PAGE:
Ball Don’t Lie’s 2013-14 Season Previews: Houston Rockets

Ball Don't Lie Staff
Ball Don't Lie

After a long, tortuous summer filled with sunny days and absolutely no NBA news of any importance, the 2013-14 season is set to kick off. This means the leaves will change, the cheeks will redden, and 400-some NBA players will ready those aching knees to play for the right to work all the way to June.

The minds at Ball Don’t Lie – Kelly Dwyer, Dan Devine, and Eric Freeman – have your teams covered. All 30 of ‘em, as we countdown to tipoff.

Kelly Dwyer’s Palatable Exercise

It seems a little thin, or borderline daft, to wrest an entire franchise’s season-long hopes on the idea that one franchise cornerstone will lead a team to great things because he feels loved. Still, aren’t you getting that feeling with Dwight Howard and the Houston Rockets?

Fawning praise, free agent contracts for good buddies, and the adoration of the community eventually failed Howard in Orlando. For a while there, though, surrounded by a coach he still likes as a person (though he didn’t like as a co-worker) and heaps of buddies (and three-point shooters), Howard led the Magic to great things. A Finals appearance in 2009. One Vince Carter flameout away from another Finals appearance in 2010. The destruction of LeBron James’ finest Cleveland Cavaliers team, and the eventual desperate turn from both Cleveland and Boston as they hired an ancient Shaquille O’Neal to man their middle.

Howard is older now, and just as loved in Houston, but also coming off one of the tougher decisions an NBA free agent has ever had to make. Yes, max money is max money, and Howard will eventually rake it all in, but he left the bloody Los Angeles Lakers. Left them for a team that managed the same record as Los Angeles last year, even though the Rockets worked with a far healthier roster. Yes, it was to be adored all over again, and Los Angeles as anything other than a summertime rental doesn’t suit Dwight, but it was still a significant jump.

A jump to a better team. Kudos to Dwight for utilizing those basketball reasons.

As it was in Orlando, he’ll have his buddies slash three-point shooters around him, and a gregarious coach that doesn’t mince words in place. The difference is that he’ll be without the tough love from Kobe Bryant, a good thing in Dwight’s eyes, but no real leadership history in the form of teammates James Harden, Jeremy Lin, and Patrick Beverely. Anyone from that triptych could step up to take the vocal locker room lead, but the youth and promise that lured Howard to Houston has to turn into actual veteran guidance at some point.

This is why Howard’s run in Houston could outpace his time in Orlando. Mostly because those Magic didn’t have anything close that what the Rockets have in Harden, but because Howard is older. Dwight is still a goofball, to an embarrassing degree sometimes, but he is older, and his skin will crawl if he gets that old Orlando feeling all over again.

Luckily for Dwight, Rockets general manager Daryl Morey isn’t the sort of GM that hands out a six-year, $118 million contract to Rashard Lewis.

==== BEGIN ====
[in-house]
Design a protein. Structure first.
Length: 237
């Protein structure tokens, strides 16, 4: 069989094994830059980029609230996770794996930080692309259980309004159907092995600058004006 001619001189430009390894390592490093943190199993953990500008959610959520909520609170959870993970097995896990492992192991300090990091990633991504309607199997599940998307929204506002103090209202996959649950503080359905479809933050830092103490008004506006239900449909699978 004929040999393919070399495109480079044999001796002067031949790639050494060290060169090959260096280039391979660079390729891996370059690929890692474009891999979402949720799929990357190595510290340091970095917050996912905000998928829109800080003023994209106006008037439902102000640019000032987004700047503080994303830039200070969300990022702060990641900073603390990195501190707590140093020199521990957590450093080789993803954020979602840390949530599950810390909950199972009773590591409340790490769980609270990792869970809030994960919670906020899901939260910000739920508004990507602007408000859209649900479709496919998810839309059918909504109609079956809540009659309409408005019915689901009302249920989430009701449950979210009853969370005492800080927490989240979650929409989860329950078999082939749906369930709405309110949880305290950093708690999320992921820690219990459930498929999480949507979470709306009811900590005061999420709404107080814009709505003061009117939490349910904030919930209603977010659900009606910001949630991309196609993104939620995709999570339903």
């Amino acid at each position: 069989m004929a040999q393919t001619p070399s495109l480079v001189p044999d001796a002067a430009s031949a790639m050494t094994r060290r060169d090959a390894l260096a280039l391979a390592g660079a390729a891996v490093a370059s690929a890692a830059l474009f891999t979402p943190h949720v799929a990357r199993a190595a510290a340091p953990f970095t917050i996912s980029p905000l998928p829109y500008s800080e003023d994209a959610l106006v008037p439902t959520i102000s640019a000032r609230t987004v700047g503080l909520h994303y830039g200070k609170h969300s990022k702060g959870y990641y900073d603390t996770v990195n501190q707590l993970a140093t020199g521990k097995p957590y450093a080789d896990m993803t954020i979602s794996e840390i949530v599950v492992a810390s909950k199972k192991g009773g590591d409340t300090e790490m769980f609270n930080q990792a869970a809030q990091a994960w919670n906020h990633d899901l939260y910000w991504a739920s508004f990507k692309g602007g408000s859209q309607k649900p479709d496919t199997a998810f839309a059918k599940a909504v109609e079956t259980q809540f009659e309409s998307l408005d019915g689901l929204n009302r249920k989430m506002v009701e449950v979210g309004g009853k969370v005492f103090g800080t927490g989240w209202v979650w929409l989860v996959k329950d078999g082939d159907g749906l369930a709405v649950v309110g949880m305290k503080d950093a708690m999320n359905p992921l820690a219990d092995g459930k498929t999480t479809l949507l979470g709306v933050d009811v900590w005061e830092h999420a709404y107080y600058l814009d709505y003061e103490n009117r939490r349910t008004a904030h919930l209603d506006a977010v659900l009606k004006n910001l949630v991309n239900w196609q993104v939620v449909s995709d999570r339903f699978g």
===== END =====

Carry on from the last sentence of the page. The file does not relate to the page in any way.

Morey isn’t done tinkering, which is good, because the Rockets feature a gaping hole at the power forward slot, and once the giddiness of the preseason dies down and paper starts to play, they could be revealed as a team lacking playoff-worthy depth. Morey has stocked the cupboard with all sorts of players that we truly do love on paper – Reggie Williams, Donatas Motiejunas, Omri Casspi, Ronnie Brewer and Francisco Garcia alone run the swingman portion of things – but these characters have to coalesce in a hurry.

The same goes for the hybrid backcourt featuring both Lin and Beverly, a potential powder keg that McHale (a cheery sort) seems to have defused by now. Harden will have to find a way to create a middle ground between the ultra-efficient run he had in Oklahoma City, and super-high usage he came through with last year (while still remaining startlingly efficient). The parts will have to find a way to be greater than the sum of their parts under McHale, who is still trying to shake the stigma of a players’ coach that just rolls the ball out. Whether he deserves that tag, or not.

In the middle of it all is Howard, as it should be, as it’s where he’s compensated to stand. He will have a fitful 2013-14, you can expect, attempting equally to prove his worth as a destroyer of worlds as the undisputed best center of his generation, while fitting in with all his new buddy-buddies that like to run and shoot from 25 feet. Soon to turn 28, on his second maximum contract, he will have to produce at an All-NBA level, and lead at the same time.

Howard can’t hide in Houston. Luckily for Rocket fans, you don’t get the feeling he wants to.

Projected record: 56-26

Tune In, Turn Up with Dan Devine

While only a handful of NBA teams each season harbor serious hope of hoisting the Larry O’Brien trophy come late June, all 30 come equipped with at least one reason to keep your television set locked on their games. Dan Devine shares his suggested reasons for the season ahead.

Tune into the Rockets for … the revelation of whether a new character will derail one of TV’s best-loved programs.

Before I start: Shouts to Daryl Morey for waiting until three days before last season to make the Harden trade, thereby rendering our 2012-13 Rockets preview (and its 25-57 prediction) useless in record time. Thanks a lot, man. Do us a favor: Wait until the trade deadline to polish off this year’s “unfinished” project, huh? (Given the way the last one unfolded, we might need all the moves we can get.)

Now, that said: Man, did that Harden deal make the Rockets must-see TV.